NEW YORK (AP) -- Stocks are regaining some ground on Wall Street. The major indexes spent much of the day lower after China made moves to cool down its booming housing market. Beijing ordered an increase in minimum down payments in areas where prices are deemed to be rising too fast and a crackdown on efforts to evade limits on how many properties each buyer can acquire.
UNDATED (AP) -- Warren Buffet has been offering fresh investment advice. In an interview on CNBC this morning, the billionaire investor says stocks are a good investment, long-term government bonds are "the dumbest investment" and ketchup is "forever." That was a reference to his recent deal to buy H.J. Heinz for $23.3 billion.
NEW YORK (AP) -- Hess is getting out of the gas station business and ridding itself of its energy trading and marketing businesses. The oil company says it is shifting focus further into exploration and production. It's also nominating a slate of six independent directors to the company board, rejecting the nominees chosen by Elliott Management. The hedge fund is one of the Hess' largest shareholders and last month accused the board of "poor oversight," saying the company's management was responsible for more than a "decade of failures."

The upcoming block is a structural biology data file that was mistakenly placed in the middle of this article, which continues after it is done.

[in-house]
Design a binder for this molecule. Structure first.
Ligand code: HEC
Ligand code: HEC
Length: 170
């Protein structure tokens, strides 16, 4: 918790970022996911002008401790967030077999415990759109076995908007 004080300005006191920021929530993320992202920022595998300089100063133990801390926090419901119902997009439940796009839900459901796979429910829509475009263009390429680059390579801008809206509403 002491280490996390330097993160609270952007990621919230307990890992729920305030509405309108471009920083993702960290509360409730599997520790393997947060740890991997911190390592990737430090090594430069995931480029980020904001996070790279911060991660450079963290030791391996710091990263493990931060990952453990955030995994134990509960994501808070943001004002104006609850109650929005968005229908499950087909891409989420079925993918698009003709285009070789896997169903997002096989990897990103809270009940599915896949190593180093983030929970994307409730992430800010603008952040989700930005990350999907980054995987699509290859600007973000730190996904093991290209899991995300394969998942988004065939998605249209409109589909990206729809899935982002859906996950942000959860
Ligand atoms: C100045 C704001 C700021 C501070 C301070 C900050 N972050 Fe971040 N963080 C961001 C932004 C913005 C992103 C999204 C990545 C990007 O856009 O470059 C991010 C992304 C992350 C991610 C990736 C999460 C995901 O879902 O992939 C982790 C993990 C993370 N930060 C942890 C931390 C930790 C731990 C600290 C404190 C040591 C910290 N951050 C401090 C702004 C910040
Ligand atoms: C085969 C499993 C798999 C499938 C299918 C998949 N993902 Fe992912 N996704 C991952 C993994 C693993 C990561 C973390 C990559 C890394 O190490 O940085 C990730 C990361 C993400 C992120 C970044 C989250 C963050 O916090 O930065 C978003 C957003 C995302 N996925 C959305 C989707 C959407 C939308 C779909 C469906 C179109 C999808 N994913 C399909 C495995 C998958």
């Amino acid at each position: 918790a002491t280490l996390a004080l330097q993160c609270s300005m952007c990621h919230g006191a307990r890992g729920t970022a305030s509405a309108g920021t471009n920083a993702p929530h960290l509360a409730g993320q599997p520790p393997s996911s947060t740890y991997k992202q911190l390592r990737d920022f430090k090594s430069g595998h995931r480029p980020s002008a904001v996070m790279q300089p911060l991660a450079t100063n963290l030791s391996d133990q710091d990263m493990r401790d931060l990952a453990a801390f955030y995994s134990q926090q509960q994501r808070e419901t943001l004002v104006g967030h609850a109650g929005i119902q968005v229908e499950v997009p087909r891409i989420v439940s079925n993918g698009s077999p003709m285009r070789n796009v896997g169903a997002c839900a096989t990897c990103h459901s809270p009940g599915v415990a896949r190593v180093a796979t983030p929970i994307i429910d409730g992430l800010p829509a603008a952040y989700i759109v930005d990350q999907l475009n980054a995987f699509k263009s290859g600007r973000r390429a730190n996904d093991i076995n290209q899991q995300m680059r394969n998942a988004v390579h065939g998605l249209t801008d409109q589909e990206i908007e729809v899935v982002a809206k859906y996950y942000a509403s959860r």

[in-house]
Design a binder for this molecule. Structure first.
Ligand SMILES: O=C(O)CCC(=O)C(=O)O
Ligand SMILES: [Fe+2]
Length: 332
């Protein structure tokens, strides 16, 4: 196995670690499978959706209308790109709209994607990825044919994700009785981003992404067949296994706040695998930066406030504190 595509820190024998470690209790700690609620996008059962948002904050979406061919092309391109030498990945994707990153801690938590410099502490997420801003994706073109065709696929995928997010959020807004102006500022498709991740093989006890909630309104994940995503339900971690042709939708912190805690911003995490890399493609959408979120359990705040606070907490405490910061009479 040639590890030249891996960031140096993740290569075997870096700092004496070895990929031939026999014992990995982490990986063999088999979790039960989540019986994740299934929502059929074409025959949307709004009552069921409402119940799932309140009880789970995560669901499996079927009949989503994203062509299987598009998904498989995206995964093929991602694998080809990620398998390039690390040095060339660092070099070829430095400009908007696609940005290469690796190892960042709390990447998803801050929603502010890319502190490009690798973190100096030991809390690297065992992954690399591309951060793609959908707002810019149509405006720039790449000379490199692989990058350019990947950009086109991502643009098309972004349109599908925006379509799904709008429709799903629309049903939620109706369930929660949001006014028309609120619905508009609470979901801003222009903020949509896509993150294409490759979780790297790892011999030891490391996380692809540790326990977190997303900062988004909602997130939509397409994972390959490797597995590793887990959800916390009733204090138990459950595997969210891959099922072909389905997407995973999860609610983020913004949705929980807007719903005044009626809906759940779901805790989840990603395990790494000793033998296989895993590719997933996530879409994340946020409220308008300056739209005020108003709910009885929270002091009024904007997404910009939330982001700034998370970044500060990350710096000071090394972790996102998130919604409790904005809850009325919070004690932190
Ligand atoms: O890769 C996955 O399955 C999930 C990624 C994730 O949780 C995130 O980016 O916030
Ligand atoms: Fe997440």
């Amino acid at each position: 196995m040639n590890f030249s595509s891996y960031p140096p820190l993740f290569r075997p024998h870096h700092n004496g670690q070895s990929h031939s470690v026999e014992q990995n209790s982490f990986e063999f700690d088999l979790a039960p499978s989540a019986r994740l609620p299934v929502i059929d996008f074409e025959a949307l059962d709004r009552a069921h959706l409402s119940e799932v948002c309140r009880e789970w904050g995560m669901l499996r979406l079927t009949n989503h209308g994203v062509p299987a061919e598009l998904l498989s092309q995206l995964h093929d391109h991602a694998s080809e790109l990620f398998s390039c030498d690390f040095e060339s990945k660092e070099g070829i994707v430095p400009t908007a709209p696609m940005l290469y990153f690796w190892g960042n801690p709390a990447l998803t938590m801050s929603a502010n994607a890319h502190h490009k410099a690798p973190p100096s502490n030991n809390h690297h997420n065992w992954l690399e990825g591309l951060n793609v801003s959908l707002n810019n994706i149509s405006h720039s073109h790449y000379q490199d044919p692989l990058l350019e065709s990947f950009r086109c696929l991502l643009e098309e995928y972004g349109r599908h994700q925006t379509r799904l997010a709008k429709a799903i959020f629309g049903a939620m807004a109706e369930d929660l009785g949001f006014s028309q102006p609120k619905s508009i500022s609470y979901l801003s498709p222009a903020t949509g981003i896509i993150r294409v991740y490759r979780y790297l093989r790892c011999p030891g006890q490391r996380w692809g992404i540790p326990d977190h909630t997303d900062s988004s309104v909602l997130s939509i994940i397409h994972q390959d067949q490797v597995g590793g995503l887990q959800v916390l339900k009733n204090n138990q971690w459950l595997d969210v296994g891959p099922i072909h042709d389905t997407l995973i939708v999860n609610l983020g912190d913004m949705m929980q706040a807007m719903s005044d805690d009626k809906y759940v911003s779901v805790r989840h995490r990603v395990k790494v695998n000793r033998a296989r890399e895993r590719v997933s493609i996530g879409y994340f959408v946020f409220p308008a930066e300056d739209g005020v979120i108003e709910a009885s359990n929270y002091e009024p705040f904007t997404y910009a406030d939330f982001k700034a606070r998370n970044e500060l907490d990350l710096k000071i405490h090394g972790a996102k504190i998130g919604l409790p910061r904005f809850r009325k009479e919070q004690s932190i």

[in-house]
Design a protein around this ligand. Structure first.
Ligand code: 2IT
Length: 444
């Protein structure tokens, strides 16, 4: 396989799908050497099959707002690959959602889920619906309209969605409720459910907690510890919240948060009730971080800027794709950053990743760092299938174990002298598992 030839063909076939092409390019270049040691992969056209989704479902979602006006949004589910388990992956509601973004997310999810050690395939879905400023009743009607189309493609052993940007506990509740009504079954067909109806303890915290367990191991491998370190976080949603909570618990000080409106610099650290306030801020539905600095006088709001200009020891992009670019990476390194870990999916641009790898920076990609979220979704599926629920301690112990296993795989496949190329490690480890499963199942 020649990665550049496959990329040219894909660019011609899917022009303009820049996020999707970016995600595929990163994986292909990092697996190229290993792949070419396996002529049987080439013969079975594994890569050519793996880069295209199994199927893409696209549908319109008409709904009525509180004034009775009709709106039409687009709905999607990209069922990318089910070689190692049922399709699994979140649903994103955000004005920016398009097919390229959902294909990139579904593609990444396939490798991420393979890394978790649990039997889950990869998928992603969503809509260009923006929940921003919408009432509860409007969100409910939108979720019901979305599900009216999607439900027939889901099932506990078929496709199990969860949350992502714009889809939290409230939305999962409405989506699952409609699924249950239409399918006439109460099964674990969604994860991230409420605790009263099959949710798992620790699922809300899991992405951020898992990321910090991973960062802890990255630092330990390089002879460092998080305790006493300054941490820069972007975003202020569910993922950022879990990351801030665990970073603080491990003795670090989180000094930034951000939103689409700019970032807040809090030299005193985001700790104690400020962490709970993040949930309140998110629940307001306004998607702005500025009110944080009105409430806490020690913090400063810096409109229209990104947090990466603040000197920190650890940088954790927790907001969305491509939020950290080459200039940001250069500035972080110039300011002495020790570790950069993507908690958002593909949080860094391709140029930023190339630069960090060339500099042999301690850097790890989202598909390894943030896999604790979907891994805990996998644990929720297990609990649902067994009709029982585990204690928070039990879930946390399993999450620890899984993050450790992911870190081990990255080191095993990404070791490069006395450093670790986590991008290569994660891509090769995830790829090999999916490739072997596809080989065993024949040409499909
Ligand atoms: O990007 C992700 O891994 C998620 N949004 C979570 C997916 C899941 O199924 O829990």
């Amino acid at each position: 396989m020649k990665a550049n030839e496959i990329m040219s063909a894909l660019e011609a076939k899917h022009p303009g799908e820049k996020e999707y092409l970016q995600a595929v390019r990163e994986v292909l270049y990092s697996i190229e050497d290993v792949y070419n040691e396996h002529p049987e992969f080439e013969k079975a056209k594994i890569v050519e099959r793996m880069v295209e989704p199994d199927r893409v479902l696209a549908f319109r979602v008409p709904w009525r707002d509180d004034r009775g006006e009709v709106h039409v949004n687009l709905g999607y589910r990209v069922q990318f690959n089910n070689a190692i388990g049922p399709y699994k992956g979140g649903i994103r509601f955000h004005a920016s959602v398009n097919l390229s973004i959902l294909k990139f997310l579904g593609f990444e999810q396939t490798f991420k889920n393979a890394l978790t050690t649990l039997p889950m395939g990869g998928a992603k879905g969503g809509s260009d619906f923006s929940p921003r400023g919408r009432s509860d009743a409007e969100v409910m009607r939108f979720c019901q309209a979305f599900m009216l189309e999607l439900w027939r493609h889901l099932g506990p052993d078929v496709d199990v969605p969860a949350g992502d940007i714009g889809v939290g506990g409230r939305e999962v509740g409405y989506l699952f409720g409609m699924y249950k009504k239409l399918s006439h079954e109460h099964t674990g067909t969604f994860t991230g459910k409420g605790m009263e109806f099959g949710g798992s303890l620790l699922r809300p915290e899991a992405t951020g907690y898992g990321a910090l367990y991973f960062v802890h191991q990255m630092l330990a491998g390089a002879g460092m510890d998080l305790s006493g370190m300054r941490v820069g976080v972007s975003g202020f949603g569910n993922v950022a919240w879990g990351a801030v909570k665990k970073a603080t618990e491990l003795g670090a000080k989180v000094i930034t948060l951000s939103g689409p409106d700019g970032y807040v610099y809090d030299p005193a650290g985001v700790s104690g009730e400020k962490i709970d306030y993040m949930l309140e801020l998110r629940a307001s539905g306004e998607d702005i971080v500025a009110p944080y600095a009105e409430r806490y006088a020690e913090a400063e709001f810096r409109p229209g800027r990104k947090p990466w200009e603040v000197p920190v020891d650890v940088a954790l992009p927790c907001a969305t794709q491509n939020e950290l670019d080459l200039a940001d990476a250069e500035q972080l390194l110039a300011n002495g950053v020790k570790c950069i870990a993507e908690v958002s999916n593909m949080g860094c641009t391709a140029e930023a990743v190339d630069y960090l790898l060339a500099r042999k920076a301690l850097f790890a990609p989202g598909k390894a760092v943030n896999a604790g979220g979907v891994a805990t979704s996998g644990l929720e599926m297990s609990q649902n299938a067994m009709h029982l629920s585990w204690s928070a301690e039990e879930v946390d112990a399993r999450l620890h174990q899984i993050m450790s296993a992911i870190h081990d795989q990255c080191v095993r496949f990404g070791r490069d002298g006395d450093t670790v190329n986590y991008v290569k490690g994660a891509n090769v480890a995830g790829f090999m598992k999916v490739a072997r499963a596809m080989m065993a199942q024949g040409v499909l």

NEW YORK (AP) -- Monster Beverage is hitting back at a lawsuit alleging its energy drinks were responsible for the death of a 14-year-old Maryland girl. The company says no blood test was performed to confirm that the girl died of "caffeine toxicity." The family claims the girl went into cardiac arrest after drinking two 24-ounce cans of Monster drinks in a 24-hour period.
EAST HARTFORD, Conn. (AP) -- Jet engine manufacturer Pratt & Whitney says it's uncovered fraudulent testing of engine parts. The United Technologies subsidiary says it began an investigation in June 2011 after an employee anonymously alleged that test data had been altered over 15 years at Carmel Forge, another United Technologies unit, in Israel. Pratt & Whitney say the probe prompted personnel changes and stronger software controls, but there were no recalls needed.
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